Monday, December 5, 2022


      Nothing quite impacted Jackson like the American Revolution.  It destroyed his patriot family, left him an orphan, and shifted his loyalties decisively and forever from clan to country.  Just sixteen when the war concluded, Jackson saw service as a courier in the militia, attended to troops at the Battle of Hanging Rock fought in the chaotic South Carolina interior, and was later captured and help prisoner.  He remains the only POW to become president.  From these several and traumatic experiences he developed and abiding hate for Great Britain and, more generally, the hereditary underpinnings, casting peerage as the eternal enemy of the people, a resilient adversary that he recognized in the subsequent struggles including the Bank War, in which he denounced the offending national depository as a "dangerous aristocratic influence."  For Jackson, that is to say, the Revolution never really ended.  Long after independence, it continued to frame his way of reckoning with the world, offering a constant and convenient ideological rival to rail against.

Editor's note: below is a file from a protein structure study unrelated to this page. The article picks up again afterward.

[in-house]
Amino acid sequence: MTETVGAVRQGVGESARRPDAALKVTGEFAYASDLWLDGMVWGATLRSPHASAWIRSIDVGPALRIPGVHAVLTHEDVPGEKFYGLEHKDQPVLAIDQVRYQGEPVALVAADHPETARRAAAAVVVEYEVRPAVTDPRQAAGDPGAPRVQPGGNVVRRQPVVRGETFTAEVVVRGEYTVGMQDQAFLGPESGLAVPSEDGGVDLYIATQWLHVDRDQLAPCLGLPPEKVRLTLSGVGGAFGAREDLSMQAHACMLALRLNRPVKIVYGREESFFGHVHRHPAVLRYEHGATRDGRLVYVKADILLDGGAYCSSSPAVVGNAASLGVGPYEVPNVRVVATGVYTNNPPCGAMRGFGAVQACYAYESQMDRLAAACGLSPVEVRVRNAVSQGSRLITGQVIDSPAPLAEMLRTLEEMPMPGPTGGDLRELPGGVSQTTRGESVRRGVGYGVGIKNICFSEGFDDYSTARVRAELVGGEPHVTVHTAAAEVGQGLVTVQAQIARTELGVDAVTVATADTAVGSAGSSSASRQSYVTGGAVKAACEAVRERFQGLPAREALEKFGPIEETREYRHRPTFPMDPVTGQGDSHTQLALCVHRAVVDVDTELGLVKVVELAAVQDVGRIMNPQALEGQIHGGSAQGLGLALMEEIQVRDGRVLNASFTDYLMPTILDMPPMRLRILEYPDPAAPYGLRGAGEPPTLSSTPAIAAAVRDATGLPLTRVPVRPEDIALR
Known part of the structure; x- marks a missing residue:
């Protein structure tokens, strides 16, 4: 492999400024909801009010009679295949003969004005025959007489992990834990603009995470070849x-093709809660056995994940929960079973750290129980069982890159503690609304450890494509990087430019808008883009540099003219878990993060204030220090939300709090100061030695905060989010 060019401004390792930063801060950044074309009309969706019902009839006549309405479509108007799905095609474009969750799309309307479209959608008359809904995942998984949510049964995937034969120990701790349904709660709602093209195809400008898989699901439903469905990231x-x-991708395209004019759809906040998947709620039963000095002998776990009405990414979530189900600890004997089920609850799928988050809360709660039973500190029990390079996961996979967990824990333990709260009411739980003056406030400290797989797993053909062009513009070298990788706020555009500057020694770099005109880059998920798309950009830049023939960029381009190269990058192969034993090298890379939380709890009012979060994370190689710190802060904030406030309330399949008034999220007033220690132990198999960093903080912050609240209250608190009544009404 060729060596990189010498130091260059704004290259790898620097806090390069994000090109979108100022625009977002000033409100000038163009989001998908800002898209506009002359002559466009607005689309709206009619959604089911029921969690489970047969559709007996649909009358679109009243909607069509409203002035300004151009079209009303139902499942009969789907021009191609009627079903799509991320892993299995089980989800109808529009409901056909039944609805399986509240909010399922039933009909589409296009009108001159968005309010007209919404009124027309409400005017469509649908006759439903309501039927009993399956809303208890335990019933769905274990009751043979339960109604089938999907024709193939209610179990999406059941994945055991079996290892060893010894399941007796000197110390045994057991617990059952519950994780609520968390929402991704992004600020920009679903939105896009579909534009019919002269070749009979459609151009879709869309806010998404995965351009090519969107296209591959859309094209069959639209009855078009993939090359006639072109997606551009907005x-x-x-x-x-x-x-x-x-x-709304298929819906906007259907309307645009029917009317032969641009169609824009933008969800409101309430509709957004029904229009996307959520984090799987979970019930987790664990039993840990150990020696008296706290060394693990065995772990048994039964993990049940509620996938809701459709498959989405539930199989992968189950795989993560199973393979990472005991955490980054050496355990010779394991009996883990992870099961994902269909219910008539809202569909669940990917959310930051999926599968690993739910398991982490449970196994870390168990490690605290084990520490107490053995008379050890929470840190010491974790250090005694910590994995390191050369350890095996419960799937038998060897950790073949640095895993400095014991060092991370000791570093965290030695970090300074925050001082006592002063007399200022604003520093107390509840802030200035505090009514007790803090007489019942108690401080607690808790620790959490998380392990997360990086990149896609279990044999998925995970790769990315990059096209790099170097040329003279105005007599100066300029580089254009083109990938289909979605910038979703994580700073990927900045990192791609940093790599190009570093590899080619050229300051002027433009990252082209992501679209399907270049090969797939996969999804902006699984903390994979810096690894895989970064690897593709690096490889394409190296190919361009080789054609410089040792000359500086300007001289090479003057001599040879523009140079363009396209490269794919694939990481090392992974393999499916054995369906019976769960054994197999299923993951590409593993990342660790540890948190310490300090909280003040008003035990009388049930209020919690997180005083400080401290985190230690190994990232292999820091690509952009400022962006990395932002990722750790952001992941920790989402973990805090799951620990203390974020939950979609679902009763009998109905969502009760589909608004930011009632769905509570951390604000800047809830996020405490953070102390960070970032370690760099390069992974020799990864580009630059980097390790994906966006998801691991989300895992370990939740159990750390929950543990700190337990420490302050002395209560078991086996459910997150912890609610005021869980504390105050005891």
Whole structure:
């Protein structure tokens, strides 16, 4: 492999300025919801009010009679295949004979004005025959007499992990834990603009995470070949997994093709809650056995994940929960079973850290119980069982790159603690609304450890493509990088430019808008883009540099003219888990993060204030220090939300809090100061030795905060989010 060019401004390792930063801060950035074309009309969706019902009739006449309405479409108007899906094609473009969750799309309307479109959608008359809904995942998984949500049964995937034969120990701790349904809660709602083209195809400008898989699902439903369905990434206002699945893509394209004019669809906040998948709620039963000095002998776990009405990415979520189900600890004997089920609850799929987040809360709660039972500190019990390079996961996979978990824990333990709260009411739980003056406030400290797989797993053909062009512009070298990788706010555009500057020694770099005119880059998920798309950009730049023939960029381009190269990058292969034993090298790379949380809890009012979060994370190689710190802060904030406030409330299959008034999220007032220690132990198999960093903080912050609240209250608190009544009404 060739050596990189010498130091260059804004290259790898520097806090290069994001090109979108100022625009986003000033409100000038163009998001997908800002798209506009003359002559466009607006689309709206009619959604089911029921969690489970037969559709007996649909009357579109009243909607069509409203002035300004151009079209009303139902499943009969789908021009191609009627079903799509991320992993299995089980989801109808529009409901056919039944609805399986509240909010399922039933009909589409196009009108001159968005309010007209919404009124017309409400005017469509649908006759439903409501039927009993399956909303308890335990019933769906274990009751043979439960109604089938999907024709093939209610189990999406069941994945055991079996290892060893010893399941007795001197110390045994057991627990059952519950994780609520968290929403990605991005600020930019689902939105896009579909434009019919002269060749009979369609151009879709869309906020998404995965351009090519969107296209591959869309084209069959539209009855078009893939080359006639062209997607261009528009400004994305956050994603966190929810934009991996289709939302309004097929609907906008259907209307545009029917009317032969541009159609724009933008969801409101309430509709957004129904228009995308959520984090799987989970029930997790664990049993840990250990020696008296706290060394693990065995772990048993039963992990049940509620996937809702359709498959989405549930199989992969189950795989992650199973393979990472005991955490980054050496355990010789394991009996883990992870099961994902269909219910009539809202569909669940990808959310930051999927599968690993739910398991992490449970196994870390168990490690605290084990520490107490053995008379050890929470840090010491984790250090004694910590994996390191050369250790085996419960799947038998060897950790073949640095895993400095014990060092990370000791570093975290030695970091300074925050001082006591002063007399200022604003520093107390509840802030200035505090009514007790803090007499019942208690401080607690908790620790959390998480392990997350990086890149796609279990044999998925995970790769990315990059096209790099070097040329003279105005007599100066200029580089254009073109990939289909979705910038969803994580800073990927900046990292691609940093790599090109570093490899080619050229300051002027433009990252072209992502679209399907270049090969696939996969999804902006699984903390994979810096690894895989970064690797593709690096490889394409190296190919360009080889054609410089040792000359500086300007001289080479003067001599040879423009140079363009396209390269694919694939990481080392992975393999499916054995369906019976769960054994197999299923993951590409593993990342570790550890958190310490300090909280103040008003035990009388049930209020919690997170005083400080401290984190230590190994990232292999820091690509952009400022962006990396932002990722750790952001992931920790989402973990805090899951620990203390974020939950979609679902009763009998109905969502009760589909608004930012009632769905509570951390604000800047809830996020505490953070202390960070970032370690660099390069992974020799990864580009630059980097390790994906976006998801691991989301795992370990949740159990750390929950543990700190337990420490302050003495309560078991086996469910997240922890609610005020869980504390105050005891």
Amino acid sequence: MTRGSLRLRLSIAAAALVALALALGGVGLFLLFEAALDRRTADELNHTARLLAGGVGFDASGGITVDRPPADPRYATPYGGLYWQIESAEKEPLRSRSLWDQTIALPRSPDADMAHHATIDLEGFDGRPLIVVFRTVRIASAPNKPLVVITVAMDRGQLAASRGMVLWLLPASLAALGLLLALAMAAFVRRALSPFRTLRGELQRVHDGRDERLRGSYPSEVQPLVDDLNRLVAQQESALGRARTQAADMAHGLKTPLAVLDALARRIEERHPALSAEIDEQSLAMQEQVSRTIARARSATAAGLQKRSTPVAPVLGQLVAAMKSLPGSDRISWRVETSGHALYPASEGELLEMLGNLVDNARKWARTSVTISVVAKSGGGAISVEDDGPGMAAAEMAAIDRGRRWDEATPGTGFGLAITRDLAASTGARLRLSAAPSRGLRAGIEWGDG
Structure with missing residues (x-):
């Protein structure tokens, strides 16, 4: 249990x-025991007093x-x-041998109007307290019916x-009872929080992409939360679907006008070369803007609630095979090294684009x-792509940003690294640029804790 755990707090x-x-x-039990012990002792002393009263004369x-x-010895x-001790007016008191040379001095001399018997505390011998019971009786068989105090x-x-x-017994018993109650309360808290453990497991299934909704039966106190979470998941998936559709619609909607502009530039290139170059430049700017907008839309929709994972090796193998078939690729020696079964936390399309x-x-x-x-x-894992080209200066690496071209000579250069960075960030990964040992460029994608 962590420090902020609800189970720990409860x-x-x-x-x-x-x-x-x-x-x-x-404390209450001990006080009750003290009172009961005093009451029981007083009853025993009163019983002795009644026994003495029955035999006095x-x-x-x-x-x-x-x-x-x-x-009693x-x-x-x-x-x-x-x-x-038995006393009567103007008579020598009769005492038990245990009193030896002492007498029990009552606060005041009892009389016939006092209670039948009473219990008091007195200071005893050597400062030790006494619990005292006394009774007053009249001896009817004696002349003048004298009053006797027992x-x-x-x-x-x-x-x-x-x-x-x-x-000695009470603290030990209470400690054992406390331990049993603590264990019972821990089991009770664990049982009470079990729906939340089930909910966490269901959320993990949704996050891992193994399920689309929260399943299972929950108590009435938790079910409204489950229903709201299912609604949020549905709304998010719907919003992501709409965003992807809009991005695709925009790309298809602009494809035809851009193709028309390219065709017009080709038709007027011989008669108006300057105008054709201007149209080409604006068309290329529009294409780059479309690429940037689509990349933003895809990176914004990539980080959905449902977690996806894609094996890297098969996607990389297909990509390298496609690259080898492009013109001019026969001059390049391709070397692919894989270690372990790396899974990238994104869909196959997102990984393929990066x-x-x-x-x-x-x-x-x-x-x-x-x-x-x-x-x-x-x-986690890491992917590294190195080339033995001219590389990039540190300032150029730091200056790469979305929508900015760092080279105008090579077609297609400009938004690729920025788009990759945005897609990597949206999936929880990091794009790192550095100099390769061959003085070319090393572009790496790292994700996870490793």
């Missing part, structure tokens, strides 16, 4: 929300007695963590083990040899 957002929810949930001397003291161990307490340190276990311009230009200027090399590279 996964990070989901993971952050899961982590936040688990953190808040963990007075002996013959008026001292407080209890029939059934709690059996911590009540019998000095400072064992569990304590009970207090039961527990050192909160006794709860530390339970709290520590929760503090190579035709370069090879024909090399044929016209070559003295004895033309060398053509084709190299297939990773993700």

-David S. Brown, The First Populist: The Defiant Life of Andrew Jackson

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